In this study, the monthly prevalence of lungworm infection within the study period was found higher (31.5%) in November followed by January (25.58%) while the lowest prevalence (17.83%) was observed in February. This monthly dynamics of lungworms in small ruminants disagrees with the work of Alemu, Sissay who reported highest worm burden in November followed by December and then with a progressive decreasing and reaching to minimum during March [10,24]. This finding, however, is in agreement with Tigist [25]. The possible reason for the current finding might be associated with the difference in the areas and animals in which fecal samples were taken in each month of the study period.

In the current study, the prevalence of lungworm infection in sheep and goats obtained by coproscopic and postmortem examination was 22.7% and 59.17%, respectively. This increased prevalence in postmortem examination agrees with the finding of Tigist in North and South Gondar, Muluken Y in the same area, Frewengel S in and around Mekele, and Eyobe E in Assella who reported higher prevalence in postmortem than coprological [12,22,25,34]. But the present finding differs from that of Sissay A in Bahir Dar and Paulos A in Arsi (Chilalo) who reported as higher prevalence in fecal than post mortem examination [24,30].

One of the probable reasons attributed for such difference in the present finding could be related with worm nodes of protostrongylidae. In M. capillaris, those larvae which reach the lungs of sheep and goats remain in the parenchyma and become encysted in fibrous nodules. Because such nodules may not contain adults of both sexes, fertile eggs may not be deposited in air passage [35,36]. Due to this fact, the number of larvae in the faeces is often no indication of the degree of infestation [37]. In addition, the larvae of lungworms are found in 50-100 gm only in feces/ pellet of patent cases, otherwise, in the rest phase it may not be dispersed throughout the pellet [32]. This could also attribute to the probable outcome of negative result in coproscopic examination. The other reason might be animals on which coprological and postmortem examinations were not similar, so it might influence the fecal output of larvae of the parasite depending on their origin and examination timing. The stage of parasites also attributes for such differences. In the prepatent or postpatent phases or during hypobiosis, it is impossible to detect these parasites by fecal examination [14].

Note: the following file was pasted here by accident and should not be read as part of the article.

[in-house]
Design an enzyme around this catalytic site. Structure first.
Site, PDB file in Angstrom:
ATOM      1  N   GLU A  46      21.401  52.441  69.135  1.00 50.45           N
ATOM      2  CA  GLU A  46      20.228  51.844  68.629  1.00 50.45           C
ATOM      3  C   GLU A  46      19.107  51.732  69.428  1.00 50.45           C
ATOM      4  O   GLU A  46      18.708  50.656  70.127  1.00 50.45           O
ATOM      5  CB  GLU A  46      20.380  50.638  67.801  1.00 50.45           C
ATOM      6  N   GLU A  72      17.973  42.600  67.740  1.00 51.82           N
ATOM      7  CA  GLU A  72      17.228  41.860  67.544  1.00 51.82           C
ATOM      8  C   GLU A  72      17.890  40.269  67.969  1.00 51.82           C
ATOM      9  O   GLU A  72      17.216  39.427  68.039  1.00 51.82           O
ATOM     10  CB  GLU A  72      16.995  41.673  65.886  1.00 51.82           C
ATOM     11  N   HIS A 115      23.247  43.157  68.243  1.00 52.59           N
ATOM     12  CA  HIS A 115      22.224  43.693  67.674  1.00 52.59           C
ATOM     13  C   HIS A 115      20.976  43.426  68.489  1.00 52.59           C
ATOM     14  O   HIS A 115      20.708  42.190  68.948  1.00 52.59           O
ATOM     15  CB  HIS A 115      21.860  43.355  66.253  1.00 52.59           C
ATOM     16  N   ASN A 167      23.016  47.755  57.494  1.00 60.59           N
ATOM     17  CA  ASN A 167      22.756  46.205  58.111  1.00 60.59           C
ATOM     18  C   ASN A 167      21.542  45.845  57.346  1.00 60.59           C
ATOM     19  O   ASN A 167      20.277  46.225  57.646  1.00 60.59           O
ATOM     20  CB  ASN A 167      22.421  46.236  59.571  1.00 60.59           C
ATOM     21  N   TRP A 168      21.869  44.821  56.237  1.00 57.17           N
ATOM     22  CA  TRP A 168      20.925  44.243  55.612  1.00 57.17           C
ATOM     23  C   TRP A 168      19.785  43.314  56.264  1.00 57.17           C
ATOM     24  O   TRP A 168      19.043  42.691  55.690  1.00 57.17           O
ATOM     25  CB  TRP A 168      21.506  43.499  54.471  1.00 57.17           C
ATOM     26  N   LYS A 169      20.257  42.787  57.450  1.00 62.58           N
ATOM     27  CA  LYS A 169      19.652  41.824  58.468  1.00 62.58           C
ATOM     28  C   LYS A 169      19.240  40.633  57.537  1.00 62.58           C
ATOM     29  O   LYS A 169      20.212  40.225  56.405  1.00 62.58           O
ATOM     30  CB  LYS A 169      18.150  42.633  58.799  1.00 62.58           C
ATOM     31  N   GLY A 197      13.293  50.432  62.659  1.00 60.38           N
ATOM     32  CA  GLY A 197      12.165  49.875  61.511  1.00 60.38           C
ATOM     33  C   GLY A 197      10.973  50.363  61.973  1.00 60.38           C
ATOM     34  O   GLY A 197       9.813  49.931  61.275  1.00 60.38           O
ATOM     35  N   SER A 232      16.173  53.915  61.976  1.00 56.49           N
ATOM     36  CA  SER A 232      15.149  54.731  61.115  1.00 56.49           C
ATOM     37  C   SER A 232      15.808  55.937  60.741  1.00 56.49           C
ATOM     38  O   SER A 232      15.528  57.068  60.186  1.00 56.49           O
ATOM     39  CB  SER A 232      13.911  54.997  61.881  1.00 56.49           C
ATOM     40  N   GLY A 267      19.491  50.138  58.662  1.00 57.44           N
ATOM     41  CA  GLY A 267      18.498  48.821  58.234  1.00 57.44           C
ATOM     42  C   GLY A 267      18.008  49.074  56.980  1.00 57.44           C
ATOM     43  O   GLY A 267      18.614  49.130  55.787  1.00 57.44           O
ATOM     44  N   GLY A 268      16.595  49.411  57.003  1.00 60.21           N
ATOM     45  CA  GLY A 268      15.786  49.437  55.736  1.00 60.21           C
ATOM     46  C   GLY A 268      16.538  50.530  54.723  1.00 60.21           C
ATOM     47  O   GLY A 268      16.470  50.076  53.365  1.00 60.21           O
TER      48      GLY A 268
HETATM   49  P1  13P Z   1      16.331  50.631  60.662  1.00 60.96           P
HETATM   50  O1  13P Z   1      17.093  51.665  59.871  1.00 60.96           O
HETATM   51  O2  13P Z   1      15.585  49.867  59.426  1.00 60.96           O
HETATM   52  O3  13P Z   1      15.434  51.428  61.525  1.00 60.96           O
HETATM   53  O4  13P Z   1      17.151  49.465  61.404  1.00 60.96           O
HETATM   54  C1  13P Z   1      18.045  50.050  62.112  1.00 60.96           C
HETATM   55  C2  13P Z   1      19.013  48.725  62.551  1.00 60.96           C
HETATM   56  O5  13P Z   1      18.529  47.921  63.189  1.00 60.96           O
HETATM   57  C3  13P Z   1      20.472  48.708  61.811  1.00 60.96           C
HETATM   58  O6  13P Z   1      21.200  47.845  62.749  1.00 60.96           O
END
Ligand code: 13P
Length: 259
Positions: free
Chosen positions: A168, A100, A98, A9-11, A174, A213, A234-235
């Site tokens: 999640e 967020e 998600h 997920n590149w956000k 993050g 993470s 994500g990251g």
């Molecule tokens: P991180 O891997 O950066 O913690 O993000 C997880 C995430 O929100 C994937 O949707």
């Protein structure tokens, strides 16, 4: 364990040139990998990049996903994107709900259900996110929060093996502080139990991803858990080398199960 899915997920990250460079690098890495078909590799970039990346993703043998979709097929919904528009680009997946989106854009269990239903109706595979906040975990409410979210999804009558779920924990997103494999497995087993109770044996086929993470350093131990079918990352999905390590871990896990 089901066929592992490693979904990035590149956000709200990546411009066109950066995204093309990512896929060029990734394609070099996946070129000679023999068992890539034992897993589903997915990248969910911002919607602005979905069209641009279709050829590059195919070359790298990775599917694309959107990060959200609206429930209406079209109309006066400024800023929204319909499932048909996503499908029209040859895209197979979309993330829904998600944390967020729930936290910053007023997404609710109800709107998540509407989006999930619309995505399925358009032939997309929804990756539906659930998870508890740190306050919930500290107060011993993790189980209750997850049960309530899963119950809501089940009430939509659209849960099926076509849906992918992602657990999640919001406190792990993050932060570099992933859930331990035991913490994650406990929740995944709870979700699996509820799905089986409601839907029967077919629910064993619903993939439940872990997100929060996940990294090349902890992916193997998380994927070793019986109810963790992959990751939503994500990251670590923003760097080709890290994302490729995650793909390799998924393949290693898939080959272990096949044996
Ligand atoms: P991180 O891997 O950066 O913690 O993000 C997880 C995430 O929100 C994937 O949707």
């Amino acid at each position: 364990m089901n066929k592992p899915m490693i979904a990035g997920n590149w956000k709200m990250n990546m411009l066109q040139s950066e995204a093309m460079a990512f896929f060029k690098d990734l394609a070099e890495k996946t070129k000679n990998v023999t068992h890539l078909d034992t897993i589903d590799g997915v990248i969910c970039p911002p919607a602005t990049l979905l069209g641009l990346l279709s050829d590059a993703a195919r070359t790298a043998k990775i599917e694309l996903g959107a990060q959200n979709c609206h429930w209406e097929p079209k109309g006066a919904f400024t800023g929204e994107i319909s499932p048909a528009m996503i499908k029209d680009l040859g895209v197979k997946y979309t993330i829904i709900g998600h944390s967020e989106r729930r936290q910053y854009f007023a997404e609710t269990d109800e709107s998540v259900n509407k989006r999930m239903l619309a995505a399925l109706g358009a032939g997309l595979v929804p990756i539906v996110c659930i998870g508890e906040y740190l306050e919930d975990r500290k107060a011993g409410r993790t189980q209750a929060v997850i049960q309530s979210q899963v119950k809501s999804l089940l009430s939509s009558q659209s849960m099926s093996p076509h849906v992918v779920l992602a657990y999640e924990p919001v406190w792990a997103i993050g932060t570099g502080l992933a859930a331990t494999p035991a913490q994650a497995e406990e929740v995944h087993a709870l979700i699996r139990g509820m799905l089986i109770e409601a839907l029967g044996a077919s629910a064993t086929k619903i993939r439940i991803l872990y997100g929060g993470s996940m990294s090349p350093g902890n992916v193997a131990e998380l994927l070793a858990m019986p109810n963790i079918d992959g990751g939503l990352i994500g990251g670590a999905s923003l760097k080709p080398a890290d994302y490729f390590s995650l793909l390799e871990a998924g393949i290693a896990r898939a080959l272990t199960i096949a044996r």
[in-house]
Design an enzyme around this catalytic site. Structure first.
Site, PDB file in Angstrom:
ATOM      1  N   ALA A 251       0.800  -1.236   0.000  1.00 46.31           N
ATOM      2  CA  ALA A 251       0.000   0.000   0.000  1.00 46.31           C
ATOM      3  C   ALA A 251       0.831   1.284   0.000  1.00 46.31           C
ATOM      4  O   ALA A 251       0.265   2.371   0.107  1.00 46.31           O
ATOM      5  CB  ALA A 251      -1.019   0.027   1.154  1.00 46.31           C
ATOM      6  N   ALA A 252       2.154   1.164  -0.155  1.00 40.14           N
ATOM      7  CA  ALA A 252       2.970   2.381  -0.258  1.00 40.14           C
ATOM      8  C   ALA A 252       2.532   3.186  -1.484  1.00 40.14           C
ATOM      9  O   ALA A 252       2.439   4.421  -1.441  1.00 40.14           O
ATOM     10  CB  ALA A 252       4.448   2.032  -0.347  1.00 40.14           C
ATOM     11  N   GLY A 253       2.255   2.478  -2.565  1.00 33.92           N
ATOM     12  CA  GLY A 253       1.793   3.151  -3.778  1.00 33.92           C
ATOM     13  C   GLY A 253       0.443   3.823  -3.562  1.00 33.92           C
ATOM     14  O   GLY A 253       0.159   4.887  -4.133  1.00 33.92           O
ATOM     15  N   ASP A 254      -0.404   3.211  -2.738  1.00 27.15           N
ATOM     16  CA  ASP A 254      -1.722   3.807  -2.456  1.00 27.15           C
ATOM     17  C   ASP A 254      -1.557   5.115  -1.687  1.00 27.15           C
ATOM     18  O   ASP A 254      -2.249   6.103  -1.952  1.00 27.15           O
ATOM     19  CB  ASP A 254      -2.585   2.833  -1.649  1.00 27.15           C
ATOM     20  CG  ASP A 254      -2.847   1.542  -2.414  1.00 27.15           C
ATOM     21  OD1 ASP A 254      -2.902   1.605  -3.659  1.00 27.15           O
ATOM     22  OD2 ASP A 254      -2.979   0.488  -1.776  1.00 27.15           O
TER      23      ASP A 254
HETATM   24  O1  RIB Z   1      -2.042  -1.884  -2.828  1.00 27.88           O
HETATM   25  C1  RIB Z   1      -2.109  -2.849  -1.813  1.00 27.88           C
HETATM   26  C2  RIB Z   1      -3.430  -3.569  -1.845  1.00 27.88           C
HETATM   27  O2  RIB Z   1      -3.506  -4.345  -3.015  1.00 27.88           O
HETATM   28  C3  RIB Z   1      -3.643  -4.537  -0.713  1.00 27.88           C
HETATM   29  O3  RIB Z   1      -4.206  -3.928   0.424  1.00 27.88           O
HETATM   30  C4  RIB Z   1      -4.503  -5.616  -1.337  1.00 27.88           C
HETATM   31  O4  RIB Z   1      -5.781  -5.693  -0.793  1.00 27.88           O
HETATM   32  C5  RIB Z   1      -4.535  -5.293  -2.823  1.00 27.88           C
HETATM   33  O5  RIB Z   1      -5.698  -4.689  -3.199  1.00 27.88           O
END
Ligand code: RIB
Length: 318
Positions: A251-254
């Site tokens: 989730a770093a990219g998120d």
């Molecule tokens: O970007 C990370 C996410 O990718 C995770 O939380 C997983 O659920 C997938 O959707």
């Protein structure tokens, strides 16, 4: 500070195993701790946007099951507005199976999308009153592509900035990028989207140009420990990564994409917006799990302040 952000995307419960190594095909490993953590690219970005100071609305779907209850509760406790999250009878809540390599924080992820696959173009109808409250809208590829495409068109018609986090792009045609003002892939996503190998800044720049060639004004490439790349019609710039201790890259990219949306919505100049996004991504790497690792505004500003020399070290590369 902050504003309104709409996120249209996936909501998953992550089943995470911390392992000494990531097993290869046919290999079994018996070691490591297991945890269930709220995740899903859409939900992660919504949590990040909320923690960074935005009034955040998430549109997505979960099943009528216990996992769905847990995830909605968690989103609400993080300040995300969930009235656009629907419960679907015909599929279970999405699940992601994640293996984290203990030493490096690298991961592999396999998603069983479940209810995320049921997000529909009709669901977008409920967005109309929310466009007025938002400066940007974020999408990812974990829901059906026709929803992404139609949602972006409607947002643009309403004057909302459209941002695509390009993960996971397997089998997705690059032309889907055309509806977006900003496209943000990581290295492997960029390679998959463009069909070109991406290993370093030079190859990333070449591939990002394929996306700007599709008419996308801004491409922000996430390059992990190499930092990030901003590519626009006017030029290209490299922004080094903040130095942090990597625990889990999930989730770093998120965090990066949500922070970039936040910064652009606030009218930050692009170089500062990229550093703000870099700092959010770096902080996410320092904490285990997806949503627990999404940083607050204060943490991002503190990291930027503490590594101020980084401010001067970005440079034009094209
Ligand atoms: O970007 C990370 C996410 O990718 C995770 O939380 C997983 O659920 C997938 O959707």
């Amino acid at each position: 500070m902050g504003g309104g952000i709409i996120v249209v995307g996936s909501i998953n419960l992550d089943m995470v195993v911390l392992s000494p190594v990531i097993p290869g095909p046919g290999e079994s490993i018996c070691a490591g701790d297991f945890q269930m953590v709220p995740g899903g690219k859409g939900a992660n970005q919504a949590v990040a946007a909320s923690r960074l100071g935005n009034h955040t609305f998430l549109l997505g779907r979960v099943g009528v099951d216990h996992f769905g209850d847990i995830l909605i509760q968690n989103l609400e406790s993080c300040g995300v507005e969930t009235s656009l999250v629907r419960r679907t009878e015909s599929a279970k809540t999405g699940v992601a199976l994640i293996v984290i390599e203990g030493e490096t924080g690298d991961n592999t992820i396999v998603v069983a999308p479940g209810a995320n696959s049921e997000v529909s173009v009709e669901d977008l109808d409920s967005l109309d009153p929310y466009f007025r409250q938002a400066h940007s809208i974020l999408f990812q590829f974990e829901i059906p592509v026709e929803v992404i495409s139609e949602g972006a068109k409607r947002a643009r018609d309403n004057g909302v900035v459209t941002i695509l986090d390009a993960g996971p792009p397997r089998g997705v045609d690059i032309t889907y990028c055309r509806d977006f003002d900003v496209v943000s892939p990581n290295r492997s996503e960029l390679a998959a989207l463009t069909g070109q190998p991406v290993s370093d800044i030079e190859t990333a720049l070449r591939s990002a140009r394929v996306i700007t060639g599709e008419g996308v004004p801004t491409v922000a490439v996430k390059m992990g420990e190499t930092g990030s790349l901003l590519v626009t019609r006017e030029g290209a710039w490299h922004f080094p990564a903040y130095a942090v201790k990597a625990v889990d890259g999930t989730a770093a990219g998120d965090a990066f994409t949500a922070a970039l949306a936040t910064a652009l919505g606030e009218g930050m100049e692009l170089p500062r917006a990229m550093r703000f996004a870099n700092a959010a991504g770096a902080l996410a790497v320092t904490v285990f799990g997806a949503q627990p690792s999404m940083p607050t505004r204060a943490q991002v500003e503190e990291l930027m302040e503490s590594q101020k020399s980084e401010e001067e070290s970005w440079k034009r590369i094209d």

Conclusion